Fun Facts About Sealyham Terrier

Dogs of all shapes, sizes, and varieties retain value by people all over the world. One category of generally smaller dogs, in particular, are Terriers. Terriers were initially made to hunt small game such as rodents and vermin among other creatures.

There are many varieties of Terrier from the tiny toy breeds to the heavier large breeds. One particularly popular variety is the Sealyham Terrier, a Welsh-native canine featuring in a variety of ways.

Sealyham Terrier is one of the hardiest breeds available and a great choice for potential owners. Being a hunter, companion, and watchdog in one package makes Sealyham Terriers a priceless asset.

When considering those factors, it is easy to see how they earn their popularity. One could never be too knowledgeable about various dog breeds.

It allows them to be even more informative when choosing to find the right dog to adopt. It also allows for more beneficial information to spread, allowing others to become more responsible owners.

Here are a few facts for those looking to know more about Sealyham Terriers. There are many fun facts which are common and not so commonly known facts plus instances to look for.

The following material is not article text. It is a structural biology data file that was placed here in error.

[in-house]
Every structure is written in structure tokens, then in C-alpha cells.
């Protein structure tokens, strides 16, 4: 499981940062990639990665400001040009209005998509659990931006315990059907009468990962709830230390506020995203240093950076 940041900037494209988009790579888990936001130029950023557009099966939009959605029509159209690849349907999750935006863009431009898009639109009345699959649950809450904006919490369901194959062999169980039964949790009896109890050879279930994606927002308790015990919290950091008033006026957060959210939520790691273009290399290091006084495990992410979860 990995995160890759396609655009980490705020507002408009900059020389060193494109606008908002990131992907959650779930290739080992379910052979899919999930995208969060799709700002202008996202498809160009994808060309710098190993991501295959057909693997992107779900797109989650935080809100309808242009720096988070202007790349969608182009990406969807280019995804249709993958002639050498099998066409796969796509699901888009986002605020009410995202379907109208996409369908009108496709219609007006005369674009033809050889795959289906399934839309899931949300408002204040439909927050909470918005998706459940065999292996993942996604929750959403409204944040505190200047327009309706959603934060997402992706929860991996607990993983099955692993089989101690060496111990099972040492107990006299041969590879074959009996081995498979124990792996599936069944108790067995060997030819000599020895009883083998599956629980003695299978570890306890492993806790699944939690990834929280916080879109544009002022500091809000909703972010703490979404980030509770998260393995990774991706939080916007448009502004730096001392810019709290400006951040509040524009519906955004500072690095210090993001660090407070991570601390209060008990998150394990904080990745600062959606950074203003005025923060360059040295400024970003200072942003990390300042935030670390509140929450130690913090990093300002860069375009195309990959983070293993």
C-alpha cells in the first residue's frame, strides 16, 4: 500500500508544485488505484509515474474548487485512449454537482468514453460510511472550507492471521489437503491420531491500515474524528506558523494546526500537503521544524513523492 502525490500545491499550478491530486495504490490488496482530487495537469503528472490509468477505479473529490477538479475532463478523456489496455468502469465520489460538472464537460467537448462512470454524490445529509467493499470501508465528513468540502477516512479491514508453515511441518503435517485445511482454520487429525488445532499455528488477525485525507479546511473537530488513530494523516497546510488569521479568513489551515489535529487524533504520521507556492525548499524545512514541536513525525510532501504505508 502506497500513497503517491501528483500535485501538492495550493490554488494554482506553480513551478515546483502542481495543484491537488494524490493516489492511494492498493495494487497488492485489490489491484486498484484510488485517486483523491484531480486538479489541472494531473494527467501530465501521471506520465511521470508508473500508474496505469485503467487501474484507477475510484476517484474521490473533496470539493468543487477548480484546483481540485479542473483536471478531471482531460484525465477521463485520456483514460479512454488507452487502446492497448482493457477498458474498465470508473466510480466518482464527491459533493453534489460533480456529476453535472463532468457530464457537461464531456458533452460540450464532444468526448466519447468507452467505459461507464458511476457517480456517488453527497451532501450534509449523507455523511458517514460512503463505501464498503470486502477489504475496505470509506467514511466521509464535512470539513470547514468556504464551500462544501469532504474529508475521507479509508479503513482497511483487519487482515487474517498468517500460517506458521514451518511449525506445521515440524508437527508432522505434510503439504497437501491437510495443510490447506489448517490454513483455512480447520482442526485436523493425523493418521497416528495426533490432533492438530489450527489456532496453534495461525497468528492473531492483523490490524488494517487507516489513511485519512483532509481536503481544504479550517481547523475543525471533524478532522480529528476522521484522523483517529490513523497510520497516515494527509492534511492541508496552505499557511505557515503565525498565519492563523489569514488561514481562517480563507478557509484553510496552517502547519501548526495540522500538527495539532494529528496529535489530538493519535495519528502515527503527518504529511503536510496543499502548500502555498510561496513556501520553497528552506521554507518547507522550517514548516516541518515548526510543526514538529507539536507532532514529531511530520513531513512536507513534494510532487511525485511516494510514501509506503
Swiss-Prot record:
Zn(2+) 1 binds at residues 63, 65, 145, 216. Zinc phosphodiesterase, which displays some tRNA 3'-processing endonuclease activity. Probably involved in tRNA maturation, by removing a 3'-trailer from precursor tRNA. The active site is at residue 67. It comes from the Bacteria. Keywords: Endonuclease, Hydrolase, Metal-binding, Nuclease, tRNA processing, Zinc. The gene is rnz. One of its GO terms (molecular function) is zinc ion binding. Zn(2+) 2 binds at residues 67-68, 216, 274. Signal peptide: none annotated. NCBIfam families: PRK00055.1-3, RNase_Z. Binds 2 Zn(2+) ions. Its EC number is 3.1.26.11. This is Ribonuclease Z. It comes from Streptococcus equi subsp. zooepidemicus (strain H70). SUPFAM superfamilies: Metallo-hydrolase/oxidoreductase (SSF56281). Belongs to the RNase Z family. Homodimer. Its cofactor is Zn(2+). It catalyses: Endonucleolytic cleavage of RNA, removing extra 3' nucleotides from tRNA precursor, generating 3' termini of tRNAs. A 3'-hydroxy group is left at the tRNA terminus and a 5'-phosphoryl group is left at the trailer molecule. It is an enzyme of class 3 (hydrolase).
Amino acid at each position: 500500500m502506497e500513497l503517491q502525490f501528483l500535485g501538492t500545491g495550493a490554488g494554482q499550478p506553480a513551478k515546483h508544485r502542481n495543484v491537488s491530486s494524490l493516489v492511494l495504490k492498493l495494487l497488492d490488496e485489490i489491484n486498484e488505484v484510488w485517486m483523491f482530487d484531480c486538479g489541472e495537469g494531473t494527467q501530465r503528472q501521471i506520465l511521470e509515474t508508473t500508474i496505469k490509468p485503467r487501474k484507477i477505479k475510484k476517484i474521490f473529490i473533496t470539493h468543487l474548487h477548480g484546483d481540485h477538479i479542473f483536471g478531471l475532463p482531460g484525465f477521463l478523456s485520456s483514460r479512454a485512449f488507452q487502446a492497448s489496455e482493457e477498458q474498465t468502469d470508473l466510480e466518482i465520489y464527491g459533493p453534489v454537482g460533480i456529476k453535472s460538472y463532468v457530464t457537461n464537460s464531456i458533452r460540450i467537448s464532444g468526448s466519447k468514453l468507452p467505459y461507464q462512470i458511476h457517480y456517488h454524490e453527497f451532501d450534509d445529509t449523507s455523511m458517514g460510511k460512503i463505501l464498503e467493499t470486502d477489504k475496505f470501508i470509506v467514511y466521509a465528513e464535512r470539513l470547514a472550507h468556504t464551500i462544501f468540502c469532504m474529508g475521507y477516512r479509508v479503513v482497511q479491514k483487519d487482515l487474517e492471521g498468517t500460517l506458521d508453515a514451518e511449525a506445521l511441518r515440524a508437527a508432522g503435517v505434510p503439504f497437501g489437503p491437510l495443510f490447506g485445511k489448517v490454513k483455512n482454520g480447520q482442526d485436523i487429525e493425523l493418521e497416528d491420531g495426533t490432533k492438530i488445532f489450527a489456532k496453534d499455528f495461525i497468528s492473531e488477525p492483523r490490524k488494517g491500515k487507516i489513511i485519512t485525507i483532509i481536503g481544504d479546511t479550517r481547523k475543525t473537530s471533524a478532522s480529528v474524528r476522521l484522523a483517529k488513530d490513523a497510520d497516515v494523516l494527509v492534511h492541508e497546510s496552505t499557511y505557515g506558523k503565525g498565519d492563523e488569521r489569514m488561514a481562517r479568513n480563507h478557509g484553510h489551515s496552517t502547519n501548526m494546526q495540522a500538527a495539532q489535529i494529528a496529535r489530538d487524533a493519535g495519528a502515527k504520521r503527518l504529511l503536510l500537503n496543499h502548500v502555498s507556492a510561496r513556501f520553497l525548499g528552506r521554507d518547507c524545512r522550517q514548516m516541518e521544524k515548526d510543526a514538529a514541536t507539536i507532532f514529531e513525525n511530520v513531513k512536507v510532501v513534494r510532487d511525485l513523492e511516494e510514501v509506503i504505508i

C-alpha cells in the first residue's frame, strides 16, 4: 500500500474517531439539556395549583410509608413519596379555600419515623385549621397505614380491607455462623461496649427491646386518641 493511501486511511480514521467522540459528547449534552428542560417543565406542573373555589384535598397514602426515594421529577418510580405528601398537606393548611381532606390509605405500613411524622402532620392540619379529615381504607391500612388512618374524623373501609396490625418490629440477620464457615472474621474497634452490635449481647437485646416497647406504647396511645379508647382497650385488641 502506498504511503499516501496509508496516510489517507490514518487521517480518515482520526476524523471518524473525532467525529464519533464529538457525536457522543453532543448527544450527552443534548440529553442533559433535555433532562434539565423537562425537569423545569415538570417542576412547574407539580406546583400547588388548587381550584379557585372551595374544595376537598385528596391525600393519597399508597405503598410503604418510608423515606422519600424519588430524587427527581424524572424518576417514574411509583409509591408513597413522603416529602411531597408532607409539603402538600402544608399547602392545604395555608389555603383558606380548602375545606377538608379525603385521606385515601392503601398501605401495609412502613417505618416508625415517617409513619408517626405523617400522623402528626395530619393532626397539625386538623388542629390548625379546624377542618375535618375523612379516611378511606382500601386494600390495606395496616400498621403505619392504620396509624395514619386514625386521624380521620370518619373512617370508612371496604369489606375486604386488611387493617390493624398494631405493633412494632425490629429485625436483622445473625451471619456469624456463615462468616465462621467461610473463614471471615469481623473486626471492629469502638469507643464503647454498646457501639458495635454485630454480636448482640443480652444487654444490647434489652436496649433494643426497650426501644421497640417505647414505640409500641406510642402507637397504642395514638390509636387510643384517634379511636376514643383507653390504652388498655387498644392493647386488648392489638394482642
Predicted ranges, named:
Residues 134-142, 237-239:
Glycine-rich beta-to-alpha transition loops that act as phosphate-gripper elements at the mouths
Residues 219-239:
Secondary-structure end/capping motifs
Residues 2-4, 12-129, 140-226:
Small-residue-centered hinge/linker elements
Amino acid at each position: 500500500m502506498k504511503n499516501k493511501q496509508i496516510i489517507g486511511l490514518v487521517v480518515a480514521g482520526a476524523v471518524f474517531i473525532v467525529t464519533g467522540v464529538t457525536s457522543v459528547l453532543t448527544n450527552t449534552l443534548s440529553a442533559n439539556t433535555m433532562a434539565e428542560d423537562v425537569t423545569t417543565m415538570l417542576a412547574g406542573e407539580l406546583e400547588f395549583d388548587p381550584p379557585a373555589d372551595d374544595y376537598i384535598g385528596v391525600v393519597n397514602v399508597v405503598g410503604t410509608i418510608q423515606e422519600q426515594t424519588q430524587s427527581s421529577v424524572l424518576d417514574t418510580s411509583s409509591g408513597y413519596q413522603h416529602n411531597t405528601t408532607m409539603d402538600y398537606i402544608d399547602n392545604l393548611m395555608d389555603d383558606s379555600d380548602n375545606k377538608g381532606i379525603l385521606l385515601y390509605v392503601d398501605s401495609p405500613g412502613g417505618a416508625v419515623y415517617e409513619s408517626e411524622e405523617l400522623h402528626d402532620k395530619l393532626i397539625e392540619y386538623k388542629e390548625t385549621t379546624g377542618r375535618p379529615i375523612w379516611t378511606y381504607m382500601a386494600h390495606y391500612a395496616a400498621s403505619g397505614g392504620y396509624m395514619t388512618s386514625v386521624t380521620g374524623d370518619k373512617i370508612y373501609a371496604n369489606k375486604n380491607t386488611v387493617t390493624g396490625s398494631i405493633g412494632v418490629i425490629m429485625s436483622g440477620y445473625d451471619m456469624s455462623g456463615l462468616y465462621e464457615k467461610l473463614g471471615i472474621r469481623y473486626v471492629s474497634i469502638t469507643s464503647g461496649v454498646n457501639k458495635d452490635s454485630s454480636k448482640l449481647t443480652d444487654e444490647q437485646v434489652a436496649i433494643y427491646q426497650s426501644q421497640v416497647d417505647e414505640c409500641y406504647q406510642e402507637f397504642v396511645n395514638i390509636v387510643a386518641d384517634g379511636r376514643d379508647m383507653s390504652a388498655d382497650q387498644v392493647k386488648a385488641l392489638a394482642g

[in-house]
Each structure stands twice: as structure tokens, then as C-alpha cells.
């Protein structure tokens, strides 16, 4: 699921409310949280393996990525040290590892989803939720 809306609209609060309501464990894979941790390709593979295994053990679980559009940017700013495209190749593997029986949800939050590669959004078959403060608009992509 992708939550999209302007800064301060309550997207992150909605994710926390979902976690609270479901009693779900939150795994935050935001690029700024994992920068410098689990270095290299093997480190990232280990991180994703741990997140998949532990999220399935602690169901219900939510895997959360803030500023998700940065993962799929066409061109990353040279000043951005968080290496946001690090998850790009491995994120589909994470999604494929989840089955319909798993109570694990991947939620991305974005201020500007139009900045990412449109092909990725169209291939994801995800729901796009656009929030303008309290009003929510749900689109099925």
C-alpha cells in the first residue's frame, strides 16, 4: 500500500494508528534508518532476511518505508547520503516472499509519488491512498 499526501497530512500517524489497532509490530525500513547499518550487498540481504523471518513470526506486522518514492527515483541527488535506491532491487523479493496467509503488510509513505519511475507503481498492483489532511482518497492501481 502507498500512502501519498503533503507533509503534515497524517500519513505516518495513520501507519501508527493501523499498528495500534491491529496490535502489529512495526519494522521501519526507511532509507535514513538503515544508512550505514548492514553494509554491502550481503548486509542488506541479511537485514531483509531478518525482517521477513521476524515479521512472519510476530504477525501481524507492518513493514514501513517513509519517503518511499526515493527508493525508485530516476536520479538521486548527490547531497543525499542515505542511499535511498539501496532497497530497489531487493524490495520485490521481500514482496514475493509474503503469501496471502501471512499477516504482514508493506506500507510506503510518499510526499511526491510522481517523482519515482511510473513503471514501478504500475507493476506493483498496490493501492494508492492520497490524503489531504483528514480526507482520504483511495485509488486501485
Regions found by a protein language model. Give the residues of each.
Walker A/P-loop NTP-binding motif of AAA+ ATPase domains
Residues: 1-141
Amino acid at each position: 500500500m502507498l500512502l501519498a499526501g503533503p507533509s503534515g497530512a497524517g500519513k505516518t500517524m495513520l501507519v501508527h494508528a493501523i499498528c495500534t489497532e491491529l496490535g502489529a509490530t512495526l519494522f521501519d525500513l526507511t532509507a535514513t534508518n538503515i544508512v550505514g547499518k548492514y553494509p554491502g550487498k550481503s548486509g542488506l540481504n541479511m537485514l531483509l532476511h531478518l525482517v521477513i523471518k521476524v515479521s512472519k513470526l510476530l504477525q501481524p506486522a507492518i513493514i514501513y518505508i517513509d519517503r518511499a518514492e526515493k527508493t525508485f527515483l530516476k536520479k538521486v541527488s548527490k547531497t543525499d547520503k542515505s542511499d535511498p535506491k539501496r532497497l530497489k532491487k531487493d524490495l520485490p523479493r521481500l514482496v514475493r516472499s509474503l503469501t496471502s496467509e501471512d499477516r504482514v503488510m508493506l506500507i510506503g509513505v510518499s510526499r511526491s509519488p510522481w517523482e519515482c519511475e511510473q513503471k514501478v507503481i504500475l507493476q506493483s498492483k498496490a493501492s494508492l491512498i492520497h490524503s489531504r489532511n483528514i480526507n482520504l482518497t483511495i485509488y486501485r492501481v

Sealyham Terriers were originally hunting dogs

These dogs were originally made by Captain John Edwardes and found its namesake due to Edwardes residing in Sealyham House.

This breed hunts small game such as foxes and rabbits before expanding to eradicate vermin like badgers and otters. Going into the 20th century, other breeders took over from Edwardes’ developments and continue to expand the breed.

As Sealyham Terriers further showed off their hunting prowess, their designate quarry took on another expansion. The expansion includes stoats, squirrels, mice, and rats, among others. Today, some Sealyham Terriers are still hunting game, but many have taken on the role of companion dogs.

Sealyham Terriers are popular with high society

In the early-mid 20th century, Sealyhams shot up in popularity to the point where they were sought after by the wealthy. Starlets of the era, such as Elizabeth Taylor and Bette Davis, were owners of Sealyham Terriers and were often seen with them.